The others are right -- HP does not shorten the cure time, regardless of what other people say.

Soap with a lot of olive oil is going to cure slowly no matter how you make it. If you want a soap that is ready to use more quickly, use a more balanced recipe. Susie has a recipe that is a good one -- perhaps she will post it for you.
I will try as you mention.

Thank you so much also.
 
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dixiedragon

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Deanna - one of our chemistry experts - explained that while soap is curing the soap molecules are crystalizing. that's why soap is better at 2 months, then at 6 months, etc.

Olive oil soap is very slow about this, for some reason.

I do think that HP shaves about a week off of cure time, but it's not ready the next day. 1 day old HP will not irritate your skin the way 1 day old CP will, but it is still not good soap.
 

dixiedragon

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There's Deeanna! *waves* She is a smart cookie! I agree with the overcooked - have you watched a video or looked at pics of HP? Here is a good video.
[ame]https://www.youtube.com/watch?v=scokYOkLcQo[/ame]

I have found it helpful to leave the slowcooker on "low" until the last 10 minutes or so.
 

toxikon

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Pure Olive Oil soap is known as Castille Soap and it takes a very long time to cure, 6 months to a year for best results.

You could try a Bastille Soap instead that is still high in Olive Oil but contains additional oils. Adding Sodium Lactate can also help produce a harder bar in a shorter amount of time. Lowering your water amount will also produce a faster cure. Bastille Soap will still benefit from a longer cure, but more like 6 weeks to 3 months (as far as I know).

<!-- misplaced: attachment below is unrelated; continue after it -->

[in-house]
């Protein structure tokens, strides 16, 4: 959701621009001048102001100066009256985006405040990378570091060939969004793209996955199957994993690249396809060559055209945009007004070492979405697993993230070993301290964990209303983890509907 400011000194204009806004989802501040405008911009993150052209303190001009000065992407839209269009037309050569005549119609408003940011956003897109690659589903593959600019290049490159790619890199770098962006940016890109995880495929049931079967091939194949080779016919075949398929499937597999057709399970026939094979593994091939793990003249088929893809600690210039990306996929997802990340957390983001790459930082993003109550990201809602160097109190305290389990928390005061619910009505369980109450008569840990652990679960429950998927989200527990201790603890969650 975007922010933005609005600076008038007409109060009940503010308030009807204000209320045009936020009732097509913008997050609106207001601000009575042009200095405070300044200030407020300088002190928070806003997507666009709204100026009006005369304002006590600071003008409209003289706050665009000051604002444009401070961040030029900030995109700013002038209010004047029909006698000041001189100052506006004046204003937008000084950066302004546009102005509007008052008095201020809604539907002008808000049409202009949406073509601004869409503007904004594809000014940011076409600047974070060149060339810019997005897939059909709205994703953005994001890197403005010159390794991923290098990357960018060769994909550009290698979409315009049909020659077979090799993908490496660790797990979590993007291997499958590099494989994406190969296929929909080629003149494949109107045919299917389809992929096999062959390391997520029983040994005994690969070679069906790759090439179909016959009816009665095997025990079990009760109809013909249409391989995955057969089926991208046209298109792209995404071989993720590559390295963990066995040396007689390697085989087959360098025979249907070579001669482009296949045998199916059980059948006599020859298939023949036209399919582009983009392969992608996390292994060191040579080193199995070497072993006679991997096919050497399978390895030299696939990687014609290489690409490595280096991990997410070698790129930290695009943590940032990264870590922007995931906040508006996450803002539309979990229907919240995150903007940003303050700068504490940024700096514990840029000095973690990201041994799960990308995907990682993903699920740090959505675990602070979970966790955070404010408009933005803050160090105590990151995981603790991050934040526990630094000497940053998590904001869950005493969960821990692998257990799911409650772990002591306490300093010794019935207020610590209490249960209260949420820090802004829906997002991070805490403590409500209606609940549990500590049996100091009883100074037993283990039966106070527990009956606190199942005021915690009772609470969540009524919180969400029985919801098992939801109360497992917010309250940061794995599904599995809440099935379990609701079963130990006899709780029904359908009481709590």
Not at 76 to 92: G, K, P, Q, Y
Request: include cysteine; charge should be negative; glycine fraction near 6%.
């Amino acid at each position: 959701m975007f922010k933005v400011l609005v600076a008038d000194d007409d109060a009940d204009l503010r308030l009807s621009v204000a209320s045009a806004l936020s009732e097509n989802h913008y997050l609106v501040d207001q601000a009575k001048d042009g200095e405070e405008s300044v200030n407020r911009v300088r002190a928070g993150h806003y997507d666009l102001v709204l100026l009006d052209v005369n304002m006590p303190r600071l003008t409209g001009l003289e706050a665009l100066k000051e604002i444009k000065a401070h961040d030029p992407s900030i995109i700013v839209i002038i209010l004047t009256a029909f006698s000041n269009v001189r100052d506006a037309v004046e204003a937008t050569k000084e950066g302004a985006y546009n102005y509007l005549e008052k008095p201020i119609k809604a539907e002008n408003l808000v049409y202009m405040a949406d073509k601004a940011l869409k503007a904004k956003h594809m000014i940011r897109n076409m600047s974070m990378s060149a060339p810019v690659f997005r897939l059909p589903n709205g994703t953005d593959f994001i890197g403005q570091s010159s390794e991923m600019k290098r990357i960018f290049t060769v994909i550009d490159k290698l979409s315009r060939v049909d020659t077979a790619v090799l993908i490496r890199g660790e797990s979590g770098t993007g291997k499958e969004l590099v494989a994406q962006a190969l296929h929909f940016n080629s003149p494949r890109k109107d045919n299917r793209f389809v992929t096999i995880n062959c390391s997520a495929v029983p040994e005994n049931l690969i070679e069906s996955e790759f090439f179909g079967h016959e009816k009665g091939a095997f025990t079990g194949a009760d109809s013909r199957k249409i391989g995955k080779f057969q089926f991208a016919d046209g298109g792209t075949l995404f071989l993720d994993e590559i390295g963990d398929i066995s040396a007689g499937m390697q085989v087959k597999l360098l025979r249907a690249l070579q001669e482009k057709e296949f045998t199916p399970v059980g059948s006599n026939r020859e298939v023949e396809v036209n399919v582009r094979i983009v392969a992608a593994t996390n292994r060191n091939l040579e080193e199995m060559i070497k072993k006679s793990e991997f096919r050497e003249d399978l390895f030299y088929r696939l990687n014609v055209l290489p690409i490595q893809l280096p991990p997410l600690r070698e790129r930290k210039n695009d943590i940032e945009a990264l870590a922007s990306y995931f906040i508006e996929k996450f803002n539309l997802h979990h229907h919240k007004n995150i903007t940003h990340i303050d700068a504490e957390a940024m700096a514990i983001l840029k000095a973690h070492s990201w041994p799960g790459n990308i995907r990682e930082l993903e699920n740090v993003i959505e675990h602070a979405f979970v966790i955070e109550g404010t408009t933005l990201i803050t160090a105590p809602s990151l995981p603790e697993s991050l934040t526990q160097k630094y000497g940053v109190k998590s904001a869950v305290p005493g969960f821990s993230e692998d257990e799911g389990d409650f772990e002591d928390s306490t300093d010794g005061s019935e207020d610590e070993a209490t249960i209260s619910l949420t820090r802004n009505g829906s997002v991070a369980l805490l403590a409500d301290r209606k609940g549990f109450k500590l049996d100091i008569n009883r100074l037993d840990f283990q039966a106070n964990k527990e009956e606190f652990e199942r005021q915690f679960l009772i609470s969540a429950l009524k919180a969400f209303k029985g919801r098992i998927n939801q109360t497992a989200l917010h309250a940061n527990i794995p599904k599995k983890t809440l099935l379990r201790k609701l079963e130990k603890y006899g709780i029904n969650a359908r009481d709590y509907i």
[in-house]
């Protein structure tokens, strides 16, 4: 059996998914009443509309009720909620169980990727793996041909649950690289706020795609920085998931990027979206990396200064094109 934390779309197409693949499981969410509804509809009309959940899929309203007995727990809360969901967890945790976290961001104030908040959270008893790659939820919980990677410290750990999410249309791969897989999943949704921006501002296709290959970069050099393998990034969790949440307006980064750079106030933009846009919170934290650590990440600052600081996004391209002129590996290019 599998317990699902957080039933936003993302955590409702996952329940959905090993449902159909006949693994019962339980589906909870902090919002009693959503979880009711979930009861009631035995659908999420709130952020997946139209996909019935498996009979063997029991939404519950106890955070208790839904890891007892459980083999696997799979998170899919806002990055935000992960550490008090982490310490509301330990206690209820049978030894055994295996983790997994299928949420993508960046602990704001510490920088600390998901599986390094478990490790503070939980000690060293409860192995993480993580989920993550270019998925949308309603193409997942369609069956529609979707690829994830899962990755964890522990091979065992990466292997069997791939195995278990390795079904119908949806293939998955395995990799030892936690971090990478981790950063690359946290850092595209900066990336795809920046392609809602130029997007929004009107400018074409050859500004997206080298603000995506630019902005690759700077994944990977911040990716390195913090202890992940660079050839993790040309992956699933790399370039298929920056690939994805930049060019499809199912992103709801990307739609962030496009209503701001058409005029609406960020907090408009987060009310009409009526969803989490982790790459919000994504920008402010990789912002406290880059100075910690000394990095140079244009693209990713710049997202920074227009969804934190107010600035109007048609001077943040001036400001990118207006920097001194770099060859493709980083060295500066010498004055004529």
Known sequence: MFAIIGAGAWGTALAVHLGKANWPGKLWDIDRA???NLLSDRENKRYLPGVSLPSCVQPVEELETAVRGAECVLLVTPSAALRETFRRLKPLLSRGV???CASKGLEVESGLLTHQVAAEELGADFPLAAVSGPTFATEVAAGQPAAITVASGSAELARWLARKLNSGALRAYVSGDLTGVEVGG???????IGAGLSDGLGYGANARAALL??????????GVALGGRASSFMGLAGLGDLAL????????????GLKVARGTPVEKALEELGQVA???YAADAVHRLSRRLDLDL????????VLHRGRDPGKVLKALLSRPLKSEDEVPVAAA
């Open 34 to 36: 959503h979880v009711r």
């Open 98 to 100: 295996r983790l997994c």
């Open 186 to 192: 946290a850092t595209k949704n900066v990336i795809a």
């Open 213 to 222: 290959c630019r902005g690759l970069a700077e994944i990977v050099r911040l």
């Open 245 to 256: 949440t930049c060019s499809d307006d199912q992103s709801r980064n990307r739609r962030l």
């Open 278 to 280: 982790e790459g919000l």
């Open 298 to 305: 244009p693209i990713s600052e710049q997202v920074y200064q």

I have used the following Bastille recipe with good results:

75% Olive Oil
25% Coconut Oil

5% Superfat
35% Lye Concentration

Note: I am only talking about cold-process soap as I have not made hot-process before.
 

Susie

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My recipes all contain more than olive oil and castor oil...on purpose. High olive oil soaps take too long to cure, and I detest the slimy lather. I prefer high lard (pork fat) recipes. I noticed you are from Turkey, so there may be religious or cultural reasons you won't use it. If not, let me know, and I will be happy to share.

I also do not make HP soap (no benefit for so much extra work). So, I am not much help in the HP part of your recipe.
 

earlene

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Kristina, how long have you been making soap? Just curious. Who is requesting an olive oil soap from you? How long are they willing to wait? If you explain to them that the cure time for olive oil soaps is much longer than for other soaps, perhaps that will impact their desire for the soap. If not, well, you need to tell them that you just don't have any on hand and that it will be at least 9 - 12 months before you have any available because that's not your 'specialty'. For me, I like the Castile soap I made 15 months ago, but I am still giving it more cure time to see how it changes over time. I've made more since, of course, but all of it will not be given to anyone until I am sure I think it performs well in the long-run.